Plaintiff appears to confuse the standard by which motions are decided under Fed. R. Civ. Proc. 12(b)(6), and the standard for deciding motions for summary judgment under Fed. R. Civ. Proc. 56: she repeatedly urges that RIT's motion be denied on the ground that RIT has failed to support its arguments with sworn affidavits. Plaintiff is mistaken. Unlike motions for summary judgment, which employ shifting evidentiary burdens and require the parties to produce supporting evidence in admissible form, analysis of the instant motion is guided solely by the pleadings and the documents incorporated therein by reference, wherein the truth of plaintiff's allegations is presumed. See Savino v. Fiorella, 2007 U.S. Dist. LEXIS 43284 at *10-*11 (W.D.N.Y. 2007).

II. Plaintiff's Title VII and NYHRL Discrimination and Retaliation Claims

A. Discrimination

Plaintiff generally alleges that the termination of her employment was the result of discrimination. To set forth a prima facie case of employment discrimination, plaintiff must allege:

(1) membership in a protected class; (2) qualification for the job in question; (3) an adverse employment action; and (4) circumstances supporting an inference of discrimination. See McDonnell Douglass Corp. v . Green, 411 U.S. 792 (1973).

Plaintiff's discrimination claim is insufficiently stated as a matter of law. Plaintiff does not allege that she was qualified to perform the requirements of her position at the time her employment was terminated, or at any point thereafter. To the contrary, plaintiff left her job to go on disability leave in February 2008, and was still totally disabled six months later, at which point her employment was terminated and she was approved for long-term disability benefits. (Dkt. #1 at 9; Dkr. #3-3, Exh. G at ¶5). See generally Faruq v. Wal-Mart Stores, Inc., 2006 U.S. Dist. LEXIS 4676 at *15 (W.D.N.Y. 2006) (dismissing discrimination claim as insufficiently stated where plaintiff alleges a lack of training that made her unqualified "by definition" for the position at issue, and otherwise makes no allegation that she was qualified); Pearson-Fraser v. Bell Atl., 2002 U.S. Dist. LEXIS 25216 at *9 (S.D.N.Y. 2002) (dismissing discrimination claim where plaintiff fails to allege that she was qualified for the pertinent position). Because her allegations establish that she was not qualified to perform the requirements of her position -- and in fact, had not been qualified to do so for several months -- at or around the time her employment was terminated, plaintiff has failed to state a claim for discriminatory termination, and that claim must be dismissed.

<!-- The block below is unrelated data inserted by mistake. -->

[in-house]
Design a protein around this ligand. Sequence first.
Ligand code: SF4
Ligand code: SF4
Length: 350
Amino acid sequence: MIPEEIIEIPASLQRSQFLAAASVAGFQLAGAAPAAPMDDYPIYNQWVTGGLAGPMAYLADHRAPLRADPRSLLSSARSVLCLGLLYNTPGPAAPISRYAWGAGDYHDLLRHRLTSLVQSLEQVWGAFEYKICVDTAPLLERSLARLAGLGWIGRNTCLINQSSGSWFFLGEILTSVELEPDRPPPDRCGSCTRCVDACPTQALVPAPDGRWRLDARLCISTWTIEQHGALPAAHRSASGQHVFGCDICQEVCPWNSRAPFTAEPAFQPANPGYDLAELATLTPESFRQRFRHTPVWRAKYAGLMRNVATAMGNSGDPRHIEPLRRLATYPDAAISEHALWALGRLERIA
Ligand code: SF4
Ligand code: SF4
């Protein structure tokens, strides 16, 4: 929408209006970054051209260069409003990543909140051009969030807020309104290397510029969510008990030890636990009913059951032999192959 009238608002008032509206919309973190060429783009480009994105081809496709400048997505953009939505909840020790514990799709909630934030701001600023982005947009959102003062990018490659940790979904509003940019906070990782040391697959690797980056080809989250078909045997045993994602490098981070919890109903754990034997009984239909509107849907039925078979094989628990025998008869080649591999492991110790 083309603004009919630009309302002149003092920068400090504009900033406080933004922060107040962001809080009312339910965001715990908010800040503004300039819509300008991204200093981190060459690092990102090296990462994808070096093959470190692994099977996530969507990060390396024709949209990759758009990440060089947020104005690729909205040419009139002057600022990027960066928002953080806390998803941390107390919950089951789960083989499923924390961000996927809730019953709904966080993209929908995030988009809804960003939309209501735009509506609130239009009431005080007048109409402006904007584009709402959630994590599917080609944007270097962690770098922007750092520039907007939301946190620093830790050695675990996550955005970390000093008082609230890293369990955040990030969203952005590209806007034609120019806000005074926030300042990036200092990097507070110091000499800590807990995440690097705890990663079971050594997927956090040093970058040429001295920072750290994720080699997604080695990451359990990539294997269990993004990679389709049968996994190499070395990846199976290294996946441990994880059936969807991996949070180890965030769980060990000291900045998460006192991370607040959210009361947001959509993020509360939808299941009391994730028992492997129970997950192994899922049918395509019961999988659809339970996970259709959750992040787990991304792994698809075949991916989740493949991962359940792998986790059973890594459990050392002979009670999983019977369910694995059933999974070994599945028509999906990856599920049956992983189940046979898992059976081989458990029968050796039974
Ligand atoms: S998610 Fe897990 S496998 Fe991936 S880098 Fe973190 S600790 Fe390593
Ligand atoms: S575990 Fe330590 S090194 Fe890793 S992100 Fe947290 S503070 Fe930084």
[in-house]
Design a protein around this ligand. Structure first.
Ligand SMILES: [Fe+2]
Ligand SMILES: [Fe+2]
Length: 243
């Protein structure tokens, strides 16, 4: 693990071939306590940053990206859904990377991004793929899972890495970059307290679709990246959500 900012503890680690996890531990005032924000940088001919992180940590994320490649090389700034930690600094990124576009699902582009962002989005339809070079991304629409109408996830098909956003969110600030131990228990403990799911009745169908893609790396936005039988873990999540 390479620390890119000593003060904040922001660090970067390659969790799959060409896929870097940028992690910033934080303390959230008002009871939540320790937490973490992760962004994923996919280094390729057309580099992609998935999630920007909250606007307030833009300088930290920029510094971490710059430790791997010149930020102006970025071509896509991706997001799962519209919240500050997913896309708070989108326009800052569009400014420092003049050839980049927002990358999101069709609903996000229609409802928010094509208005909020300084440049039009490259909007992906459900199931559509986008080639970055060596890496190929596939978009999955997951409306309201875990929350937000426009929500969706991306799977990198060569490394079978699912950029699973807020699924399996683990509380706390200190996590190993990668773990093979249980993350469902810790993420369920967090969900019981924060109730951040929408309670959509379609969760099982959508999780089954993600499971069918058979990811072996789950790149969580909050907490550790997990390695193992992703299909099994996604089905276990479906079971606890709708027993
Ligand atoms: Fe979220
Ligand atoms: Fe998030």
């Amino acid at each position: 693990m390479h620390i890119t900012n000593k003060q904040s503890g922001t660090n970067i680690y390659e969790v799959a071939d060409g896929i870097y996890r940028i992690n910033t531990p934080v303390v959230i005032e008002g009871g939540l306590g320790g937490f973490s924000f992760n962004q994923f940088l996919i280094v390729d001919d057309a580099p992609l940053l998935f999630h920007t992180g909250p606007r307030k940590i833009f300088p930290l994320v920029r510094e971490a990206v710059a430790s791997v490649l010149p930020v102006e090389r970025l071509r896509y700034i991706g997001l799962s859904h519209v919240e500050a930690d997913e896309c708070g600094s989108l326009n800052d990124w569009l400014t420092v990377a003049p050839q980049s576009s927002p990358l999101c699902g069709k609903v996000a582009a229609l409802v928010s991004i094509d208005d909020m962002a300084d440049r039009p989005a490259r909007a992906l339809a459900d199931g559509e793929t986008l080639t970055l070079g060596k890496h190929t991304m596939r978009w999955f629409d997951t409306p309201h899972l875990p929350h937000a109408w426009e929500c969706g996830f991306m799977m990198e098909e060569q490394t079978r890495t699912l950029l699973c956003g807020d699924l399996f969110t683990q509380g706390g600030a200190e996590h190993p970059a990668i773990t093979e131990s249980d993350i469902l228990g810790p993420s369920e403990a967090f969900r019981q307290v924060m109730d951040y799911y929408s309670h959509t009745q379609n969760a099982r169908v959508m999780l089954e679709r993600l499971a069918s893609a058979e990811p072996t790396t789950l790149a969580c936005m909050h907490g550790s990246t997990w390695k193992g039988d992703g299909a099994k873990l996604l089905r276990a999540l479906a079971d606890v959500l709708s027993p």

B. Retaliation

Plaintiff alleges that she attempted to remedy discrimination at her workplace "by contacting senior RIT management, to no avail," for which RIT subjected her to retaliation. (Dkt. #1, ΒΆ17). This contention relies upon a letter plaintiff alleges she asked her attorney to write to RIT management on February 2, 2009 -- six months after ...